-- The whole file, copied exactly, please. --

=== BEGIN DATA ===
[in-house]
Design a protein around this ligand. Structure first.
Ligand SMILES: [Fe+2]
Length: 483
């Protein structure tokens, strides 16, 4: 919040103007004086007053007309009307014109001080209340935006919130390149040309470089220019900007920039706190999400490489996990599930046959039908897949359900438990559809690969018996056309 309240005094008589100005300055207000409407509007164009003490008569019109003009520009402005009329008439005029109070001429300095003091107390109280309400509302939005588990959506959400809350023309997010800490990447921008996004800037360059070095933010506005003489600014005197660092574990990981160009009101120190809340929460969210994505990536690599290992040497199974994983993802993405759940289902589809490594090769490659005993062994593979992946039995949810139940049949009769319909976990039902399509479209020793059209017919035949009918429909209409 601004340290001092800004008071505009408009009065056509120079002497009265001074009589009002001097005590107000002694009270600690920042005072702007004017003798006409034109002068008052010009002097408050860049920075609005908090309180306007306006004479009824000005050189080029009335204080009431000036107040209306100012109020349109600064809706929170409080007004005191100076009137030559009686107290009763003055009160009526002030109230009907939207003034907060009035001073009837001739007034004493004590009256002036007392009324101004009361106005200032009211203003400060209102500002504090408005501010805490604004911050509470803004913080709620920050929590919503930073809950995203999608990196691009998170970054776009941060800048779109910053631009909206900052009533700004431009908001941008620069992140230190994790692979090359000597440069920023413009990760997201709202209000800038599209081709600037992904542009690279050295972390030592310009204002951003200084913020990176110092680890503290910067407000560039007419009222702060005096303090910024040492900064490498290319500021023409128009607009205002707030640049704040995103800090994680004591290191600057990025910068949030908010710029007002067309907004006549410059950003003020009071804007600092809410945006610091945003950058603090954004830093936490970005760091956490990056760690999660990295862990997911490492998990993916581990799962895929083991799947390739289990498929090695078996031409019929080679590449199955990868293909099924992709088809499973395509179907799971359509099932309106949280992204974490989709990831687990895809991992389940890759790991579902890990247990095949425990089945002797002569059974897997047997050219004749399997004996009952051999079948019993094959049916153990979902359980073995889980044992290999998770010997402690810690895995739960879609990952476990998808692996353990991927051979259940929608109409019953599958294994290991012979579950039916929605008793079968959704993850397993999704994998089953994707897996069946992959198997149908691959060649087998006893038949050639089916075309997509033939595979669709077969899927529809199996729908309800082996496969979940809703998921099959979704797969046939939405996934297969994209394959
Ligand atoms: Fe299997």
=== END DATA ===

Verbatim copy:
[in-house]
Design a protein around this ligand. Structure first.
Ligand SMILES: [Fe+2]
Length: 483
């Protein structure tokens, strides 16, 4: 919040103007004086007053007309009307014109001080209340935006919130390149040309470089220019900007920039706190999400490489996990599930046959039908897949359900438990559809690969018996056309 309240005094008589100005300055207000409407509007164009003490008569019109003009520009402005009329008439005029109070001429300095003091107390109280309400509302939005588990959506959400809350023309997010800490990447921008996004800037360059070095933010506005003489600014005197660092574990990981160009009101120190809340929460969210994505990536690599290992040497199974994983993802993405759940289902589809490594090769490659005993062994593979992946039995949810139940049949009769319909976990039902399509479209020793059209017919035949009918429909209409 601004340290001092800004008071505009408009009065056509120079002497009265001074009589009002001097005590107000002694009270600690920042005072702007004017003798006409034109002068008052010009002097408050860049920075609005908090309180306007306006004479009824000005050189080029009335204080009431000036107040209306100012109020349109600064809706929170409080007004005191100076009137030559009686107290009763003055009160009526002030109230009907939207003034907060009035001073009837001739007034004493004590009256002036007392009324101004009361106005200032009211203003400060209102500002504090408005501010805490604004911050509470803004913080709620920050929590919503930073809950995203999608990196691009998170970054776009941060800048779109910053631009909206900052009533700004431009908001941008620069992140230190994790692979090359000597440069920023413009990760997201709202209000800038599209081709600037992904542009690279050295972390030592310009204002951003200084913020990176110092680890503290910067407000560039007419009222702060005096303090910024040492900064490498290319500021023409128009607009205002707030640049704040995103800090994680004591290191600057990025910068949030908010710029007002067309907004006549410059950003003020009071804007600092809410945006610091945003950058603090954004830093936490970005760091956490990056760690999660990295862990997911490492998990993916581990799962895929083991799947390739289990498929090695078996031409019929080679590449199955990868293909099924992709088809499973395509179907799971359509099932309106949280992204974490989709990831687990895809991992389940890759790991579902890990247990095949425990089945002797002569059974897997047997050219004749399997004996009952051999079948019993094959049916153990979902359980073995889980044992290999998770010997402690810690895995739960879609990952476990998808692996353990991927051979259940929608109409019953599958294994290991012979579950039916929605008793079968959704993850397993999704994998089953994707897996069946992959198997149908691959060649087998006893038949050639089916075309997509033939595979669709077969899927529809199996729908309800082996496969979940809703998921099959979704797969046939939405996934297969994209394959
Ligand atoms: Fe299997």